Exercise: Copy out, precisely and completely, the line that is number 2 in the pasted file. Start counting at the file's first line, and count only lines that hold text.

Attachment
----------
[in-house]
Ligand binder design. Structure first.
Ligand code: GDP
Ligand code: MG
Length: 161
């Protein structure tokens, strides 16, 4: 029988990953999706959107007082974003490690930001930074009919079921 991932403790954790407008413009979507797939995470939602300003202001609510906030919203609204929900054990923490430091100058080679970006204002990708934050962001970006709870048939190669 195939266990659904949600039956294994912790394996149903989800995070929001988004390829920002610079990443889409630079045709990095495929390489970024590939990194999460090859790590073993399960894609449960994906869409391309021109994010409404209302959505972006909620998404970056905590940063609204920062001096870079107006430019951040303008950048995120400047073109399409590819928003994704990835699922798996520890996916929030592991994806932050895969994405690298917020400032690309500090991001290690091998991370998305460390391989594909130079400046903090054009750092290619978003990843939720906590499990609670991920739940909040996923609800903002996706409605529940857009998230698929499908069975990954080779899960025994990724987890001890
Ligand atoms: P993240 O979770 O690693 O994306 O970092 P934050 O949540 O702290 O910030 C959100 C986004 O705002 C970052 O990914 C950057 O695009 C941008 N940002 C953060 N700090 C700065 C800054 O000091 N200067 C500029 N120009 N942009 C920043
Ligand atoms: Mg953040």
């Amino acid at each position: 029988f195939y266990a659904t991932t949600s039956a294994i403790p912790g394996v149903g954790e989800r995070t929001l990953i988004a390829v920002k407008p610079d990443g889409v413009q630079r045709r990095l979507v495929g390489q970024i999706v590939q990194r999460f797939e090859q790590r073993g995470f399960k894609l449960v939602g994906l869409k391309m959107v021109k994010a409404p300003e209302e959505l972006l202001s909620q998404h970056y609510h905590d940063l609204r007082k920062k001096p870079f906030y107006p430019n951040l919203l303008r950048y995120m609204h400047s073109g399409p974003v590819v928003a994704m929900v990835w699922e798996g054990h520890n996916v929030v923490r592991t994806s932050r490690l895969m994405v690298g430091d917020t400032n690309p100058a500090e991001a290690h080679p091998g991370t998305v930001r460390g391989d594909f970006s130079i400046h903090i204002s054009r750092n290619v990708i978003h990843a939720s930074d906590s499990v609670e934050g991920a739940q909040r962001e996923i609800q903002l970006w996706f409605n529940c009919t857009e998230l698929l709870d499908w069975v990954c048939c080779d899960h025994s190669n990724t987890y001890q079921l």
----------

Ligand binder design. Structure first.